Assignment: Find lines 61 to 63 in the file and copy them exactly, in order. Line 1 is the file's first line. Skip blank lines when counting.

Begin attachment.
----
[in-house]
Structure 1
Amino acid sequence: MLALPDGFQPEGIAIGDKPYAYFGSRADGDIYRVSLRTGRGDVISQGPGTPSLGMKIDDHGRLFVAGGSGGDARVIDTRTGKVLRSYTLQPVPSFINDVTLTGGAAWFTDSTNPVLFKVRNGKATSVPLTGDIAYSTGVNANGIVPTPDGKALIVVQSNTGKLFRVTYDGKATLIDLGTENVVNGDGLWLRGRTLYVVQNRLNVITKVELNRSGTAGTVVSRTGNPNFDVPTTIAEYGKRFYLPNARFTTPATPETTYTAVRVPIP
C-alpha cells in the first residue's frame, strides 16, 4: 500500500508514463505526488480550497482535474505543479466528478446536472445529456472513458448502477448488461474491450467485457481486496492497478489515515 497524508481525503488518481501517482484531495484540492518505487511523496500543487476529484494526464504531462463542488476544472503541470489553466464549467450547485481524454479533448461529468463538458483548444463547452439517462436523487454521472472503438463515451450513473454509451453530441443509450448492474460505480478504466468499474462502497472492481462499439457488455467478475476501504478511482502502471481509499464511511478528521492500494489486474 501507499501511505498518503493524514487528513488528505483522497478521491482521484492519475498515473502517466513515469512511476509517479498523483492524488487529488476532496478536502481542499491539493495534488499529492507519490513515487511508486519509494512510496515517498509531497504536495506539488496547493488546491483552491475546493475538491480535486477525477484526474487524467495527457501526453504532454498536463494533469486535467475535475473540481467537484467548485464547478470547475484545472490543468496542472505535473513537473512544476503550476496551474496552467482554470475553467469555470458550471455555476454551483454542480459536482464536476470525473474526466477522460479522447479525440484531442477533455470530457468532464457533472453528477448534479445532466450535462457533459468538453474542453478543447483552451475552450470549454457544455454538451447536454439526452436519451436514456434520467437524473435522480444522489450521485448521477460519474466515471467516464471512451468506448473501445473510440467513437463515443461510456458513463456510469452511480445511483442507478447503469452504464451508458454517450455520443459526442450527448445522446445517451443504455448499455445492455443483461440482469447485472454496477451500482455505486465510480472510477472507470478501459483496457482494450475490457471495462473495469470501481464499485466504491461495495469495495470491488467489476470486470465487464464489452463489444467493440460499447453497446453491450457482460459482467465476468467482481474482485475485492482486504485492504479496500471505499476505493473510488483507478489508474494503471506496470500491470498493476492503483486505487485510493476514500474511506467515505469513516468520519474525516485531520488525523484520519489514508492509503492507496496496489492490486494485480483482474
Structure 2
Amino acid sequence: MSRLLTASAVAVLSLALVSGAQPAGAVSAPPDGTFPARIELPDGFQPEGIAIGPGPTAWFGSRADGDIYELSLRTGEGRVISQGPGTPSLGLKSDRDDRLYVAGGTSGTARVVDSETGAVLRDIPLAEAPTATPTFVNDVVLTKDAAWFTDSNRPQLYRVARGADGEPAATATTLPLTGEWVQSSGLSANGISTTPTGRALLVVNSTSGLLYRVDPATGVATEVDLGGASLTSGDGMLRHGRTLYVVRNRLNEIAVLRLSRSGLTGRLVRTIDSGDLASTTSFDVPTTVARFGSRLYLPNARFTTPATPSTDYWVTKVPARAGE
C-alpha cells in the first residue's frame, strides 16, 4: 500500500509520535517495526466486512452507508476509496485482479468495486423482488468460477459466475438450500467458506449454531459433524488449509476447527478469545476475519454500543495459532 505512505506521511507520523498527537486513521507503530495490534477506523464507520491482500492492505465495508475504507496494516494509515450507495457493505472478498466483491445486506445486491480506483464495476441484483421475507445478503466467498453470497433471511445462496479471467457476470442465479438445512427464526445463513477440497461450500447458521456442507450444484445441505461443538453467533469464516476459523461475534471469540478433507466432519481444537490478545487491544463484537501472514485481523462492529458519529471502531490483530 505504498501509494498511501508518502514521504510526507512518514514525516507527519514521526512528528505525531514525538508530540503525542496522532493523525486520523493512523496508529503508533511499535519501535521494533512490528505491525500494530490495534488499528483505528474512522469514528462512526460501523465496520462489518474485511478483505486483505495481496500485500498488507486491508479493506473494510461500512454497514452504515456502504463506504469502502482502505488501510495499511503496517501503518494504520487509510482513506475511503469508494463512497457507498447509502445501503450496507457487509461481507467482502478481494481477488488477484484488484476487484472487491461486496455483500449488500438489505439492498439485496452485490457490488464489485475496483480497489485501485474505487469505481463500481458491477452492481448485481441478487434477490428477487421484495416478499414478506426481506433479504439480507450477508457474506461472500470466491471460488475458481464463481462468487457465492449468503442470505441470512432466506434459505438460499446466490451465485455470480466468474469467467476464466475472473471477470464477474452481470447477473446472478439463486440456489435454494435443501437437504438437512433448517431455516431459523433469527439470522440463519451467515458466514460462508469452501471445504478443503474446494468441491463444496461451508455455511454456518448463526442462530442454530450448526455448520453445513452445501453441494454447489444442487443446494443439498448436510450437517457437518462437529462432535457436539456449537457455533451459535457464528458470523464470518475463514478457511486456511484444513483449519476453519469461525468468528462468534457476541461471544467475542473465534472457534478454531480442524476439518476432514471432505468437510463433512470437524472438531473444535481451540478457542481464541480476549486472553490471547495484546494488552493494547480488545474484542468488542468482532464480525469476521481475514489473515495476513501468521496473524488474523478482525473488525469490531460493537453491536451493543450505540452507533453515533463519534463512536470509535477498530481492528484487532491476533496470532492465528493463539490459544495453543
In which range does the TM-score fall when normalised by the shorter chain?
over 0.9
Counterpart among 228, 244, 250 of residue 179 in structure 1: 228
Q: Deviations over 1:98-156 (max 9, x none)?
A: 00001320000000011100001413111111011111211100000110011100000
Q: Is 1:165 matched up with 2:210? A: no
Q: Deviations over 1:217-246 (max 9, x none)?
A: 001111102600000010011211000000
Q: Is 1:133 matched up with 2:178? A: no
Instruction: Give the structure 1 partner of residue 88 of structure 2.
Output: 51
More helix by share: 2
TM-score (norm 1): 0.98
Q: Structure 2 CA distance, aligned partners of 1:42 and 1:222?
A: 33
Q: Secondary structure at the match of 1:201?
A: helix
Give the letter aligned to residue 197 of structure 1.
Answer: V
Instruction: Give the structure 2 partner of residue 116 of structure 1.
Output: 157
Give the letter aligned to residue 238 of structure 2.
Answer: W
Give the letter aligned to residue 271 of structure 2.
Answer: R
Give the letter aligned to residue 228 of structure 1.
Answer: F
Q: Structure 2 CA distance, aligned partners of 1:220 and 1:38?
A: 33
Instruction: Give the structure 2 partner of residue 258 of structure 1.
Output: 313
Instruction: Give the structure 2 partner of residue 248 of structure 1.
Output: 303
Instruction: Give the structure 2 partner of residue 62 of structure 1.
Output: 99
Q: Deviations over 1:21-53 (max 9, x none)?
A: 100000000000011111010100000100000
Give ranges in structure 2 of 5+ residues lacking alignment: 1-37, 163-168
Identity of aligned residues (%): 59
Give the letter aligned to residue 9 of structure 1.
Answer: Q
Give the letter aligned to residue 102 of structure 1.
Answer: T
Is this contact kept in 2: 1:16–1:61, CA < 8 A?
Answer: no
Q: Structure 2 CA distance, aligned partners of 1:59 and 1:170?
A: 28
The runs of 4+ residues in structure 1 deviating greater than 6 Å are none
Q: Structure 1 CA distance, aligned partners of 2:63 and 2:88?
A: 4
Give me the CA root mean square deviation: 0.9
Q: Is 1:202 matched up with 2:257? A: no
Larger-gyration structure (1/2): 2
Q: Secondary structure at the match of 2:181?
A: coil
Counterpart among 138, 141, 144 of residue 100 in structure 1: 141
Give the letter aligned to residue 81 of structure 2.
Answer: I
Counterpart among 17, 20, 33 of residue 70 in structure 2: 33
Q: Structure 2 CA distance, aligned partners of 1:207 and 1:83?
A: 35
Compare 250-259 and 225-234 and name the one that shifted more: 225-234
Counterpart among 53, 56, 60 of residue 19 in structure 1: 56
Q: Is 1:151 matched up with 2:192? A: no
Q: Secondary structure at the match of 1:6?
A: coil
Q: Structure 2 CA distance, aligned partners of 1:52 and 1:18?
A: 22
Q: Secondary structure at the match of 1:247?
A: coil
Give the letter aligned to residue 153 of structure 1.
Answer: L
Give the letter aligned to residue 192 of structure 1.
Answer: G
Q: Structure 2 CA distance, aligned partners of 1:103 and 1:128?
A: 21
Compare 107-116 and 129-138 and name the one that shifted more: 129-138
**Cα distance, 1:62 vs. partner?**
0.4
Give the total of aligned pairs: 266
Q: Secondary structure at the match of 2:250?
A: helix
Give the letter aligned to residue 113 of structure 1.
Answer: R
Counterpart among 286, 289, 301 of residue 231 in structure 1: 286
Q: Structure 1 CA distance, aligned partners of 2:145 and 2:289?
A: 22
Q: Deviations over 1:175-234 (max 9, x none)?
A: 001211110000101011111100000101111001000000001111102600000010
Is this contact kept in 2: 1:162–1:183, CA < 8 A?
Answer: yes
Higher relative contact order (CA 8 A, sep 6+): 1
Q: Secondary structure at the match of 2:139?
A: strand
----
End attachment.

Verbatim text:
Q: Secondary structure at the match of 2:181?
A: coil
Counterpart among 138, 141, 144 of residue 100 in structure 1: 141